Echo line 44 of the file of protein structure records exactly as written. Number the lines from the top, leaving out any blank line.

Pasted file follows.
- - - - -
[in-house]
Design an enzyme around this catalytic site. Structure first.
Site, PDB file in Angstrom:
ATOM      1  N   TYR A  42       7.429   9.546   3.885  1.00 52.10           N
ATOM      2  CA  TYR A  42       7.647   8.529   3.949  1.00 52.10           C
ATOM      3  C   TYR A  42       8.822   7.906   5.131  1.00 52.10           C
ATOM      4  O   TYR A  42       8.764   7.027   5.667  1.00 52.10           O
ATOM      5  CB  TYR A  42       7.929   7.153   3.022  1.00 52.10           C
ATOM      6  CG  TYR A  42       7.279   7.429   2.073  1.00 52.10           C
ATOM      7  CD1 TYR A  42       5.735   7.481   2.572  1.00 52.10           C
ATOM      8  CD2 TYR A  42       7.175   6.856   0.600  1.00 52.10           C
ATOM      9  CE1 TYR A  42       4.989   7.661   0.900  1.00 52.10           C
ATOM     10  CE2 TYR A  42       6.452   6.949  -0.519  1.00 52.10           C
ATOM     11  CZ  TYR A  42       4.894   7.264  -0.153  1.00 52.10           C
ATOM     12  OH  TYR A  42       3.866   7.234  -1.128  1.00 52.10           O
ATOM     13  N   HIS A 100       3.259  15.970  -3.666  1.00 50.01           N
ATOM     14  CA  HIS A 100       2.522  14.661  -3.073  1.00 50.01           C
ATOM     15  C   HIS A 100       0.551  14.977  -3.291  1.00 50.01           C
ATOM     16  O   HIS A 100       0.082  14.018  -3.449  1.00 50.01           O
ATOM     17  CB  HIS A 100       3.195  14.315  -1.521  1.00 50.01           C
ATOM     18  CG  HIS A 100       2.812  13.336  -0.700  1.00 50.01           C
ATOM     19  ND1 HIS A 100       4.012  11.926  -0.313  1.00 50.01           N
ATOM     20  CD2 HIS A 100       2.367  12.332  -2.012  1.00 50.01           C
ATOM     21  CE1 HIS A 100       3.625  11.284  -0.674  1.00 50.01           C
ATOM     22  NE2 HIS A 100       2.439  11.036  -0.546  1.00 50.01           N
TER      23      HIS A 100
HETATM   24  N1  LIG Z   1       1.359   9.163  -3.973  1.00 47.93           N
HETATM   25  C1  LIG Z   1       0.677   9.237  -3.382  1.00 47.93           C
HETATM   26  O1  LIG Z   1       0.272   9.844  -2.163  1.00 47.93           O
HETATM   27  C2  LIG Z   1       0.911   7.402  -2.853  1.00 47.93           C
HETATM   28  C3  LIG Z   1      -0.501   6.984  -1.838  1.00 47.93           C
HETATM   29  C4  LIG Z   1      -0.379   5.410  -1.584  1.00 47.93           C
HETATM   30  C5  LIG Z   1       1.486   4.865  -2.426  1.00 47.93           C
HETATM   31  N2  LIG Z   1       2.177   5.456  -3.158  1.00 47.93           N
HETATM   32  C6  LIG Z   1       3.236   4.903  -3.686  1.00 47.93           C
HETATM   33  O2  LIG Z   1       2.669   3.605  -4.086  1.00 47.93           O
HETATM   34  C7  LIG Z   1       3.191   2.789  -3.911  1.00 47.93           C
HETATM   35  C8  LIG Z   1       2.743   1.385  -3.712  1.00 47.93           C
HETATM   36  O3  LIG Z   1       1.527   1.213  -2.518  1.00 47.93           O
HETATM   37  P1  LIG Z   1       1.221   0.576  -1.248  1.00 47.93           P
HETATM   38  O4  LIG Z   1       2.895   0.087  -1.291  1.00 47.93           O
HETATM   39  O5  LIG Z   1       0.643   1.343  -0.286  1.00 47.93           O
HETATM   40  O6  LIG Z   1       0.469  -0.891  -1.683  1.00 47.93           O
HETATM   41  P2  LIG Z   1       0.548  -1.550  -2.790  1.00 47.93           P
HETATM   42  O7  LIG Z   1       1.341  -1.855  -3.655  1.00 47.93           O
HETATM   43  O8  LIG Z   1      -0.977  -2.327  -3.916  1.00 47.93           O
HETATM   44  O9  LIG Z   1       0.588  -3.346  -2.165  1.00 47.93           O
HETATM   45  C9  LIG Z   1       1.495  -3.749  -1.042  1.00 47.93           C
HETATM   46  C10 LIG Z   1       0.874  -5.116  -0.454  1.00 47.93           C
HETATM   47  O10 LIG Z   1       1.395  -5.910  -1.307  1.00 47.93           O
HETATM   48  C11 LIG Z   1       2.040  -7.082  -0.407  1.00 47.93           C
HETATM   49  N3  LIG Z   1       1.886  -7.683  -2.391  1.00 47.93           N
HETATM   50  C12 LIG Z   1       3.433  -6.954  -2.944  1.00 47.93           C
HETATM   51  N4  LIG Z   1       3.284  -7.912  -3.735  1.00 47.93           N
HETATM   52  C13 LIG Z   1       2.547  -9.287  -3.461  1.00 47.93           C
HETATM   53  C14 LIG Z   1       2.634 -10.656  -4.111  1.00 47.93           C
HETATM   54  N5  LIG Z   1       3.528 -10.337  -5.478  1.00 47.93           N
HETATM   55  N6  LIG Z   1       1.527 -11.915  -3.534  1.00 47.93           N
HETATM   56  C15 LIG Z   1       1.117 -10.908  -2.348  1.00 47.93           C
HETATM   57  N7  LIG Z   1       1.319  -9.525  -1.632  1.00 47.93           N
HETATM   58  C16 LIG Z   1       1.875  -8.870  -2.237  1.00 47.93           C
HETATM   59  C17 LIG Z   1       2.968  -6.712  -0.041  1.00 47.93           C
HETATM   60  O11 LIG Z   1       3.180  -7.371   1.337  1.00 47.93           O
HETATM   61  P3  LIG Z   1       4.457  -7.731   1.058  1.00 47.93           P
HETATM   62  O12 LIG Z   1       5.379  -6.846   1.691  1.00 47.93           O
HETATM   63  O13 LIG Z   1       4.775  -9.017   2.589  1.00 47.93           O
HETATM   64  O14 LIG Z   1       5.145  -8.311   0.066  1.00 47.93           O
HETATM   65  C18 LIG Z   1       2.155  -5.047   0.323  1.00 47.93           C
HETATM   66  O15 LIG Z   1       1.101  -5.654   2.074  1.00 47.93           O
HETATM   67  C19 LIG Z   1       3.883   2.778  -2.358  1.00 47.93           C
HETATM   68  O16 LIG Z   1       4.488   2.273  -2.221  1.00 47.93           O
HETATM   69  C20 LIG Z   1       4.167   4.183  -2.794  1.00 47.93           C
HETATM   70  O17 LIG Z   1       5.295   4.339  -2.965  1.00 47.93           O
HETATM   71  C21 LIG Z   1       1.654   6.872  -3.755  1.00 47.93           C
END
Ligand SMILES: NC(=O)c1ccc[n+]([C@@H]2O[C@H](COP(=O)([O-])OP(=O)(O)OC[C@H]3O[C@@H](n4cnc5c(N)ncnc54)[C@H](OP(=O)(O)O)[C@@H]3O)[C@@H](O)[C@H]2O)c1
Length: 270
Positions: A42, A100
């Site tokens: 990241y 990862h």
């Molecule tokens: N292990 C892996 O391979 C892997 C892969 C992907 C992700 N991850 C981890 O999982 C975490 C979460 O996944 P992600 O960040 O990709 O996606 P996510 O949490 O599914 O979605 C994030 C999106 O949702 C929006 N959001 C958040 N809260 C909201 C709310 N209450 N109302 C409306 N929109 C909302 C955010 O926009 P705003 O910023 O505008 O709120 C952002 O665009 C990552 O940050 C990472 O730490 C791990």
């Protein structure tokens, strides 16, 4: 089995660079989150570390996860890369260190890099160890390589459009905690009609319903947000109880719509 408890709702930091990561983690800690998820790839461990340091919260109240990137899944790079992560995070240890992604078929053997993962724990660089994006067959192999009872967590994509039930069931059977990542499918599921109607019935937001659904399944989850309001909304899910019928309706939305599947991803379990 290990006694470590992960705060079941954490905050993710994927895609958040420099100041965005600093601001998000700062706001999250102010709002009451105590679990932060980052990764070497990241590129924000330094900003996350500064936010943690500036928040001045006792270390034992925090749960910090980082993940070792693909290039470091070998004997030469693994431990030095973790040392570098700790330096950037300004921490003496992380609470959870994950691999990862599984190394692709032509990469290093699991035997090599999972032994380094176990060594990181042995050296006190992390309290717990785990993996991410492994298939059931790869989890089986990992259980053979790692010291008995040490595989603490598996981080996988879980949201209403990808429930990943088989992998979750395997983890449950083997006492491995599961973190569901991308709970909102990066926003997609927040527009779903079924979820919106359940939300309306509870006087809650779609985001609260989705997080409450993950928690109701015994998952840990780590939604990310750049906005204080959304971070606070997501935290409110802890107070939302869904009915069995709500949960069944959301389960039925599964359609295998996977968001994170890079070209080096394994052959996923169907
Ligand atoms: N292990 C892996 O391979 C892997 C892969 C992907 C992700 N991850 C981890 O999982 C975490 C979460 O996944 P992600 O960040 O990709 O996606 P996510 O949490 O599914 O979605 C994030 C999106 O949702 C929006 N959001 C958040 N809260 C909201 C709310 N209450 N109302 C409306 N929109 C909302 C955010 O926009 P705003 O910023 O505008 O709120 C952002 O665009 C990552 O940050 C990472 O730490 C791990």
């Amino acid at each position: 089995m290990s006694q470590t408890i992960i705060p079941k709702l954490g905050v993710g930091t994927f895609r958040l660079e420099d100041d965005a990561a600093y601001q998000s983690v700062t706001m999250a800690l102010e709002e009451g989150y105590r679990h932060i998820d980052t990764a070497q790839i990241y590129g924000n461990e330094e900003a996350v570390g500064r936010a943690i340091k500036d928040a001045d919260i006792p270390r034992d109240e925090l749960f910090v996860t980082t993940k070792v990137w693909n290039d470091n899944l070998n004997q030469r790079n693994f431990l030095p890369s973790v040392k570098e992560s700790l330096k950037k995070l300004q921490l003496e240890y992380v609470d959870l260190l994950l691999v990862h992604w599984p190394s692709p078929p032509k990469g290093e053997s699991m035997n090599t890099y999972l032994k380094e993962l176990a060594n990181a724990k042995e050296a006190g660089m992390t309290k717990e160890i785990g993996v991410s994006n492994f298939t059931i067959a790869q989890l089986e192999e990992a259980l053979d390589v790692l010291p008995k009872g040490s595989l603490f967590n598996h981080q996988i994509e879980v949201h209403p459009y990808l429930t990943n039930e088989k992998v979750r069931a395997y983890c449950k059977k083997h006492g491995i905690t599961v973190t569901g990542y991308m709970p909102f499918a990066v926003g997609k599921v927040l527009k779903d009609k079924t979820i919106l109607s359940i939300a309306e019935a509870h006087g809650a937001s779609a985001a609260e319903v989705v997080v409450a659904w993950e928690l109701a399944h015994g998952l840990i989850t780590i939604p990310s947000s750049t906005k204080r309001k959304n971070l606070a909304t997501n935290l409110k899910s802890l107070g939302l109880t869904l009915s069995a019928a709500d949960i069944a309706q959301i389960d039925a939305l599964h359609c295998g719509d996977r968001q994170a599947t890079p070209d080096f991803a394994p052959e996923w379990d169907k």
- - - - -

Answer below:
HETATM   41  P2  LIG Z   1       0.548  -1.550  -2.790  1.00 47.93           P